SC: Inability to Obtain Previous Environmental Approval Can’t be Only Reason to Close Bio-medical Waste Treatment Facility3 min read
Published on: 23 September 2022 at 18:09 IST
The Supreme Court ruled on Thursday in the case of D. Swamy v. KSPCB that the operation of a bio-medical waste treatment facility is in the public interest of preventing environmental pollution and that its closure solely for lack of prior environmental clearance (EC) would be against the interests of the general public.
Therefore, a panel of judges led by Justices Indira Banerjee and JK Maheshwari maintained a 2017 ruling by the National Green Tribunal (NGT) that had rejected a request to close a facility in Mysore, Karnataka, that treated common bio-medical waste.
The Court held that, “the closure of the facility only on the ground of lack of prior environmental clearance would be against the public interest.”
In order to establish the common bio-medical waste treatment facility for the collection, reception, transportation, treatment, and disposal of bio-medical waste, the Karnataka State Pollution Control Board (KPSCB) received permission from M/s GIPS Biotech in November 2012 under the provisions of the Water (Prevention and Control of Pollution) Act of 1974 and the Air (Prevention and Control of Pollution) Act of 1981.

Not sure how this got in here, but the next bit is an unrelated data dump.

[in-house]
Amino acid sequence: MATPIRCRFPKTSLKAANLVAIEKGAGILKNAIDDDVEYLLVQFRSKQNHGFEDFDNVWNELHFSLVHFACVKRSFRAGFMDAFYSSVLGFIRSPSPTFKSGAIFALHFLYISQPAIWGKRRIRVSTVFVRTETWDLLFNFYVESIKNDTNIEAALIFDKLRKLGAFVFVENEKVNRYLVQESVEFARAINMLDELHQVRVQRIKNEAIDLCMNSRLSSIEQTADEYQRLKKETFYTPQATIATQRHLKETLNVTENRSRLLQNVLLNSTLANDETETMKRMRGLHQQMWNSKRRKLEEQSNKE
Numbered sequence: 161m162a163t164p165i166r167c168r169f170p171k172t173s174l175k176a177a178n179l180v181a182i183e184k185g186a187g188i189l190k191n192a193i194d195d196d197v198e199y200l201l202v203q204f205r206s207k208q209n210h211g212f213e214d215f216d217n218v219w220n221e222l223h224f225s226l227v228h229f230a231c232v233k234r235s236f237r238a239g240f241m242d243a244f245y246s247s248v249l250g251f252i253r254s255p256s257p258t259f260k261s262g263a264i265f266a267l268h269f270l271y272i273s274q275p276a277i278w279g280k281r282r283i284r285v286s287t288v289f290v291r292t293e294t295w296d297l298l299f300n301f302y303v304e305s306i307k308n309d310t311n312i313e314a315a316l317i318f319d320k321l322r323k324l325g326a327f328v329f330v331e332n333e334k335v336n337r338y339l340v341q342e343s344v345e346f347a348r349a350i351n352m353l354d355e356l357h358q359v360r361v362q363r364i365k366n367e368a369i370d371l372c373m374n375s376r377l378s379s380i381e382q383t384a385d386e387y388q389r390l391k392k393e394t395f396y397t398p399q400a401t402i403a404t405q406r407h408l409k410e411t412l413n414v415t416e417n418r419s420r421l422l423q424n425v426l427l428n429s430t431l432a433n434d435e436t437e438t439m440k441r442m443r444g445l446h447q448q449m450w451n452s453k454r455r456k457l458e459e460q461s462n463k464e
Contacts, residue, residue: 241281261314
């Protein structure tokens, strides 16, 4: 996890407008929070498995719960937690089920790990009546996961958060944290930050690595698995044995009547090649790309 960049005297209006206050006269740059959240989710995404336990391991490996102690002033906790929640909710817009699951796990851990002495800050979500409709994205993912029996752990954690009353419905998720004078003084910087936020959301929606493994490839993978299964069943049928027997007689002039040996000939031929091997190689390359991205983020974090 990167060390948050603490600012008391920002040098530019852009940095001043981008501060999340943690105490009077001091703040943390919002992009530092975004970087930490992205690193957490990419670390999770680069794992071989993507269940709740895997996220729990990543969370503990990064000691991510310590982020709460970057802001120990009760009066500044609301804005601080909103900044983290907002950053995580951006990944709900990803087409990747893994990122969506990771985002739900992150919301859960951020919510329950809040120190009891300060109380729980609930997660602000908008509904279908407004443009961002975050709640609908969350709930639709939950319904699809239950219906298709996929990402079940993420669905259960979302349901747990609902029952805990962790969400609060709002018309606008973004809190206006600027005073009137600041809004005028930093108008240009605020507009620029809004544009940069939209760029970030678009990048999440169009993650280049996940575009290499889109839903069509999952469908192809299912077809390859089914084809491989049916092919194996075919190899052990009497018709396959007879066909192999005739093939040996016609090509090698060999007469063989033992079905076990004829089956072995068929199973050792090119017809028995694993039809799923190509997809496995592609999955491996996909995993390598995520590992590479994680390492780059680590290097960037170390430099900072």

Following a confusing legal process, the NGT finally upheld the permission given to operate the facility in an order dated May 10, 2017.
Relevantly, the Central government issued a notification on March 14, 2017, allowing project proponents who have started, continued, or finished a project without obtaining EC under the EP Act/EP Rules or the Environmental Impact Notification to apply for ex post facto EC.
Due to the facility’s violations of the Environmental Impact Assessment Notification 2006 and lack of receipt of an EC, the appellant contested the consent given to the plant.
The Supreme Court stated that ex-post facto EC should not typically be granted habitually, the Supreme Court stated, but it may be given in extreme instances while taking into account all the environmental conditions.
“Where the adverse consequences of denial of ex-post facto approval outweigh the consequences of regularisation of operations by grant of ex-post facto approval, and the establishment concerned otherwise conforms to the requisite pollution norms,” the Supreme Court said.
The Court ruled that ex post facto EC grants made in conformity with the law and in strict compliance with rules and regulations are not prohibited under the EP Act.
The Court said, placing reliance on Electrosteel Steels Limited’s judgment, “At the same time, ex post facto clearances and/or approvals and/or removal of technical irregularities in terms of a notification under the EP Act cannot be declined with pedantic rigidity.”
The court emphasised that, even if projects meet environmental standards, the court cannot ignore economics or the need to protect the livelihoods of hundreds of workers, others involved in the project, and others who rely on the project.
Therefore, it upheld the NGT order and declared that the tribunal had correctly determined that the treatment institution was being run with the necessary consent to operate and that it could not be shut down due to a lack of prior EC.
The bench also noted that there had been a 62-day delay in filing the appeal and that the case would likely be dismissed as a result of that delay alone.